The government’s forensic regulator is calling for scrutiny of drug and alcohol testing, carried out for family courts. After a scandal at a laboratory in Manchester, doubts have been raised about the quality of evidence used in thousands of child protection proceedings.
Gillian Tully appears to be a main figure when raising concerns around the lack of oversight of forensic companies working with the family courts, by conversing with policing minister, Nick Hurd, as well as sending a letter to the chair of parliament’s science and technology select committee.
The Home Office recently announced that 10,000 criminal cases in England and Wales were being reviewed, as it emerged that data run at a Randox lab may have been manipulated.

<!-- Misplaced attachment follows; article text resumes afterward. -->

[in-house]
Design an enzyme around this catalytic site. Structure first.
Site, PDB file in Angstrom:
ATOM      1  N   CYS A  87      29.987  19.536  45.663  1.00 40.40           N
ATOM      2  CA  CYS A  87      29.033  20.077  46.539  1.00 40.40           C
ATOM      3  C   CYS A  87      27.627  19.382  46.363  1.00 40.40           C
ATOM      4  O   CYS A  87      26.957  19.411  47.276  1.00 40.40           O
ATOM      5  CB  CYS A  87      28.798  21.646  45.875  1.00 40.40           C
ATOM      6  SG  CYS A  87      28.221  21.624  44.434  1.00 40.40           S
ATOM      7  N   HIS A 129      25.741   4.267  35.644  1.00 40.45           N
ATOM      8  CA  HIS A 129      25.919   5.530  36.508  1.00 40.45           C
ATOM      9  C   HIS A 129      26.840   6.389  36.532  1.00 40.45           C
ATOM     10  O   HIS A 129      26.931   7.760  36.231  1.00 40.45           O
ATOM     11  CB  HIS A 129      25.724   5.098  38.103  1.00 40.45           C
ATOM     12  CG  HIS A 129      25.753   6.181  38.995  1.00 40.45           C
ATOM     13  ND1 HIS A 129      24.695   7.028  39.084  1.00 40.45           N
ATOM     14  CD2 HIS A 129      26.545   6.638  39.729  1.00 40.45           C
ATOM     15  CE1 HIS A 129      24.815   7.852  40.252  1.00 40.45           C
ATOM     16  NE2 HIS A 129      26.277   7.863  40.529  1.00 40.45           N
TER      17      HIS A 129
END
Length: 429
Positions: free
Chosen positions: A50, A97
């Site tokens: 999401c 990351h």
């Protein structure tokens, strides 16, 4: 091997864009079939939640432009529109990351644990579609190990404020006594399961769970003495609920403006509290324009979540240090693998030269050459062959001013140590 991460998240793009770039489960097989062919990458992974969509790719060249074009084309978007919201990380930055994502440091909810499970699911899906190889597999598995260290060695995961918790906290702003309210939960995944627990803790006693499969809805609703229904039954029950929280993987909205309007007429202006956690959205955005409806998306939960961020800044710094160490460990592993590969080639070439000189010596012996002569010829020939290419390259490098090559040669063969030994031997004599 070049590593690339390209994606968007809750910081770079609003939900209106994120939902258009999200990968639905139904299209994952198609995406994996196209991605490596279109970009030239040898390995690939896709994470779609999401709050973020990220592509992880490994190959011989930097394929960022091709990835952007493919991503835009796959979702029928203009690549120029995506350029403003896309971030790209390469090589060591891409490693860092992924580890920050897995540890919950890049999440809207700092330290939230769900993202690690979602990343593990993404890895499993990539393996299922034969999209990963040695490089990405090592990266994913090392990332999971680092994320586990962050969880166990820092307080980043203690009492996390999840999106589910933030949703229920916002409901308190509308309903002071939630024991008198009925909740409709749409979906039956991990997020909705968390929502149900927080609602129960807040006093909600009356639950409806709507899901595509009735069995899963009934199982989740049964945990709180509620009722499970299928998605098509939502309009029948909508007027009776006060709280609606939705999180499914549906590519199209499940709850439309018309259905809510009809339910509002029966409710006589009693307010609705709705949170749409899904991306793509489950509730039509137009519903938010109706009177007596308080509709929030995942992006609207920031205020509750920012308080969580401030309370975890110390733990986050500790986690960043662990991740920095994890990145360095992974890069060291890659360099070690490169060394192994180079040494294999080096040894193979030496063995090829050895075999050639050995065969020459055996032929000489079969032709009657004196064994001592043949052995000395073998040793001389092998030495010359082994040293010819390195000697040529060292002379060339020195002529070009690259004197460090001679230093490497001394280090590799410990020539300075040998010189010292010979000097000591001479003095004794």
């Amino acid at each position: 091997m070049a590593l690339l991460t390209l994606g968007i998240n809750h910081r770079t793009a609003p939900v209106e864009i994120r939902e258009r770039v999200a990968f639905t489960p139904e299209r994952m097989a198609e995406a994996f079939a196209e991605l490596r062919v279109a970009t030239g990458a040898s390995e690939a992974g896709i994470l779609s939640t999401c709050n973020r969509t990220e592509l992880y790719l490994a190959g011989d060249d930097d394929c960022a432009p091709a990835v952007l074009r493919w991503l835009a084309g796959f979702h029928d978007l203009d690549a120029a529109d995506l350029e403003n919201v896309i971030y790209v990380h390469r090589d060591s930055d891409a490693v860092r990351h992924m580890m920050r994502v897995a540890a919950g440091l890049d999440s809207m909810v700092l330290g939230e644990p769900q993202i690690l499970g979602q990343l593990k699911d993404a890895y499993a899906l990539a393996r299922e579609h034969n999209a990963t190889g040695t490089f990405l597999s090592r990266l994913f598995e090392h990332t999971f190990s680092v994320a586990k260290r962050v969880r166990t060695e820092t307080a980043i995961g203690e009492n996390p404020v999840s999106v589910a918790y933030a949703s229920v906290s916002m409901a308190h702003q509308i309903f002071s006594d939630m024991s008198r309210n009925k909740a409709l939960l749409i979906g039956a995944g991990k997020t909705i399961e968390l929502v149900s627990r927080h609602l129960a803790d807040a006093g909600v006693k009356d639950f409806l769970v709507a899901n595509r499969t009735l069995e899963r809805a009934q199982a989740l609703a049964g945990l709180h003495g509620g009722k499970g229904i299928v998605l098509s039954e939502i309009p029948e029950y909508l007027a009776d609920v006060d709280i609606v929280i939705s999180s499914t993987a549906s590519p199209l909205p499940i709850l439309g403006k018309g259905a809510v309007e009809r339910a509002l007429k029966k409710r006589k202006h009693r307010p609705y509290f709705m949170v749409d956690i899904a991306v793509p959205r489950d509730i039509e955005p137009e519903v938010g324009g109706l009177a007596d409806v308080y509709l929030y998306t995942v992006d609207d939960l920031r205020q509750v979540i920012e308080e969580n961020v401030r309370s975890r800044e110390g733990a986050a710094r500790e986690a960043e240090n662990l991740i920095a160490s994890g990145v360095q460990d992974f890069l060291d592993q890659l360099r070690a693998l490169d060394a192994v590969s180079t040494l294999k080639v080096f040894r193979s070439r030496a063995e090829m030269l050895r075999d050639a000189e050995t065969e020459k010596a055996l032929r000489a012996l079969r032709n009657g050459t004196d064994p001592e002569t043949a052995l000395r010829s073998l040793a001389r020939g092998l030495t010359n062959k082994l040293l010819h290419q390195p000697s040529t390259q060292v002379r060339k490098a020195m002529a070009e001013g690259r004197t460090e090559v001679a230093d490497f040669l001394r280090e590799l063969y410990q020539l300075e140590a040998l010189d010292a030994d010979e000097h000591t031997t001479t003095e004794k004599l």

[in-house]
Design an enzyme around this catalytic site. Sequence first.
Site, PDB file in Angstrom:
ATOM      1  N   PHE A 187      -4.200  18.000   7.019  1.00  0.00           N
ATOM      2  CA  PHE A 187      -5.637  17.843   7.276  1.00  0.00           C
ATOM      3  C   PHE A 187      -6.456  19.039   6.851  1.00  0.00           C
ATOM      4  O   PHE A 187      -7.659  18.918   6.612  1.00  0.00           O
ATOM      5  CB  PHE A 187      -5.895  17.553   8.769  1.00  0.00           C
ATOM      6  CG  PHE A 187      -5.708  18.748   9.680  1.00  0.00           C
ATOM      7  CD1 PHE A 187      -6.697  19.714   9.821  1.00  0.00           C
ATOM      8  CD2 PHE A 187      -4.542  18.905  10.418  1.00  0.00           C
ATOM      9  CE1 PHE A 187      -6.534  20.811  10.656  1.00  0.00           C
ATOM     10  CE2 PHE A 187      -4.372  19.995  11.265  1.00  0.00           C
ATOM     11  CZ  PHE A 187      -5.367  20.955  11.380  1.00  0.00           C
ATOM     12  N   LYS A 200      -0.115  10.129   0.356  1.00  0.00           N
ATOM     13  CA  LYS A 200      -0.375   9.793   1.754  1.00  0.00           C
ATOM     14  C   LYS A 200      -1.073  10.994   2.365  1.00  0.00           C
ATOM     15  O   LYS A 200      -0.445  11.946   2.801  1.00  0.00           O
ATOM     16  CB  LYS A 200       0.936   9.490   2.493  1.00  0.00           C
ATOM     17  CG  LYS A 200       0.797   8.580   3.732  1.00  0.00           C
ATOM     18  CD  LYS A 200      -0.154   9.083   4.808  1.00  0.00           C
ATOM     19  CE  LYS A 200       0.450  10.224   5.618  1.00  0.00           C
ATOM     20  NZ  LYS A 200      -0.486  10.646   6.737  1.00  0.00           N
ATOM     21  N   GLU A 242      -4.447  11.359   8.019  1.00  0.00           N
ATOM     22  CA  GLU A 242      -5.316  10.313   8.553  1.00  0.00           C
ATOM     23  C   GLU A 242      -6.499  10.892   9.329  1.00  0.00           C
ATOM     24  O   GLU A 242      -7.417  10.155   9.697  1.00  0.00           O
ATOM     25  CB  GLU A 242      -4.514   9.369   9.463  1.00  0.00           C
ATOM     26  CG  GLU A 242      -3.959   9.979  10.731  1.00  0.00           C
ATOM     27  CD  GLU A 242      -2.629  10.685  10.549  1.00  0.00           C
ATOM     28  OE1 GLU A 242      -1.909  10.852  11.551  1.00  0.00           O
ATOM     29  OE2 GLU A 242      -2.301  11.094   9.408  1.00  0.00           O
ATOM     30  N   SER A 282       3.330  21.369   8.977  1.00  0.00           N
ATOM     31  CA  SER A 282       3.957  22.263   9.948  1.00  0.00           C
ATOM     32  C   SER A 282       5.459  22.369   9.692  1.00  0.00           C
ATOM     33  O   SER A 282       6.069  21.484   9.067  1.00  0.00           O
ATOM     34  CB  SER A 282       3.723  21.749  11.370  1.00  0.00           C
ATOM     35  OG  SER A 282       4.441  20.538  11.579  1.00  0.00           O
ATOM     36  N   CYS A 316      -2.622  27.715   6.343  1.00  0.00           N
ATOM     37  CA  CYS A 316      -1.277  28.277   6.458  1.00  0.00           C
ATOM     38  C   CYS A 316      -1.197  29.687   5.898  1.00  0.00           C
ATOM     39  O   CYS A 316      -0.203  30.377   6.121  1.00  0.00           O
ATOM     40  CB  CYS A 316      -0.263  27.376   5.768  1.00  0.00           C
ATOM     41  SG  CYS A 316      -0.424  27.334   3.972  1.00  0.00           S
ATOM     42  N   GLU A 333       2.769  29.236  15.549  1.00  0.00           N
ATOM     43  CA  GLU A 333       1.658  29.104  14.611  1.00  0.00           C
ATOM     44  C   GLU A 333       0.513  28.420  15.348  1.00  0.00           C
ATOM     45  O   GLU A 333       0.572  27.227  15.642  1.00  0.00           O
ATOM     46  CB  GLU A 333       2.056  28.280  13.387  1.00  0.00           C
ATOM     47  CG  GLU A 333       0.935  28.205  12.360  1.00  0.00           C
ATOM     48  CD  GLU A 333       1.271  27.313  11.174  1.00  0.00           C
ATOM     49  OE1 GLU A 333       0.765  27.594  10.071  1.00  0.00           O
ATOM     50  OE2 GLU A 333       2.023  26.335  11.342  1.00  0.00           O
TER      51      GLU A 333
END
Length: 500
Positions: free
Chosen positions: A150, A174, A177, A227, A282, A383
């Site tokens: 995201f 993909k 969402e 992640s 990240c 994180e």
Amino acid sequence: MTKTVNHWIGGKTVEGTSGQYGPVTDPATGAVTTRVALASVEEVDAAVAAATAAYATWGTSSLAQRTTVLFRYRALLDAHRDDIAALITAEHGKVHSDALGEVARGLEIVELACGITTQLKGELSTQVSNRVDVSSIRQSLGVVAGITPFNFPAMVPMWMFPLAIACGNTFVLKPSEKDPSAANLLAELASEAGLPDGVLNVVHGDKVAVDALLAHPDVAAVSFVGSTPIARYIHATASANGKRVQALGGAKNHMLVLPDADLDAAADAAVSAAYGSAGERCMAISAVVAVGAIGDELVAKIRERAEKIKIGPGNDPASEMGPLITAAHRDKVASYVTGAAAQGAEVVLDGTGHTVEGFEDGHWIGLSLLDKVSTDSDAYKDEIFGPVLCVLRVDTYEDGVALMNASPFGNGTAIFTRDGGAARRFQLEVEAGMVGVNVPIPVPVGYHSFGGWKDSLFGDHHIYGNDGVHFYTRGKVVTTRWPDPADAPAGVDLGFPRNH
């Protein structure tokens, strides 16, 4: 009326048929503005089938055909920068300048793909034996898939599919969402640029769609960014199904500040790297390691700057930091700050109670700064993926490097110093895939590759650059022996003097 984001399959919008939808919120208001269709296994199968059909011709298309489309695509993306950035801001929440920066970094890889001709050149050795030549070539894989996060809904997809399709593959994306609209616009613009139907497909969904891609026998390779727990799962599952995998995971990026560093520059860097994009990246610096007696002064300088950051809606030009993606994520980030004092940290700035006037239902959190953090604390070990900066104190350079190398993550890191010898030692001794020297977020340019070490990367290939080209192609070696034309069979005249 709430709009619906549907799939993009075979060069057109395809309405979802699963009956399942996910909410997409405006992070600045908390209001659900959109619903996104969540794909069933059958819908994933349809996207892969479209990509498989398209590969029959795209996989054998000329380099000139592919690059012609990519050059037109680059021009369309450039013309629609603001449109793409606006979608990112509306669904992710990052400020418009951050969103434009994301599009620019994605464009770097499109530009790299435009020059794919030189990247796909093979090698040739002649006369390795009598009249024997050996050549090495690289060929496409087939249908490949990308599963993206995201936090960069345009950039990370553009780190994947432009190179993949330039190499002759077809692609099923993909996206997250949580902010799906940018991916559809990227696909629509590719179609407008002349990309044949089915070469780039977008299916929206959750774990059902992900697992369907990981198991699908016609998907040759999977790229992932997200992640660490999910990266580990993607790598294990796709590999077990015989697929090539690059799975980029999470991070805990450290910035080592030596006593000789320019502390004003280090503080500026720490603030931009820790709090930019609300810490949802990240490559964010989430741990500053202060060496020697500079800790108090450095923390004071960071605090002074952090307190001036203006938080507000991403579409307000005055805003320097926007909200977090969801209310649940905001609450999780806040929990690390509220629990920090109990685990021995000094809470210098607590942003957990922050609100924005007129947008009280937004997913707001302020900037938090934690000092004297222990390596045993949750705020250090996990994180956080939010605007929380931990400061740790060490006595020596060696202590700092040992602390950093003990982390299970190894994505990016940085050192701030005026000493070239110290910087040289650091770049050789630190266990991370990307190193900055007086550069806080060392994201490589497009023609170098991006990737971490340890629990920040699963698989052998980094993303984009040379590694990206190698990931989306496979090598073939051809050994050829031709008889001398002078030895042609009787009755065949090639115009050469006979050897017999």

The Randox investigation came to light earlier this year, when it was found that two employees had been arrested. The two men were seniors within a department that once catered for around half of all hair-strand alcohol and drug tests ordered by the family court.
Concerns have been raised since 2012, where a series of judgements found errors in drug and alcohol results, particularly in cases that substance abuse was a decisive factor as to whether children could remain with their parents.
A ministry of Justice spokesperson said: ‘Our immediate priority is to work with the police to establish the full sale of this issue and the potential impact on the public.’
‘We have put processes in place to allow people to address any concerns they have over cases heard in the family courts, and will continue to consider what measures can be implemented to reduce the risk of similar problems in the future.’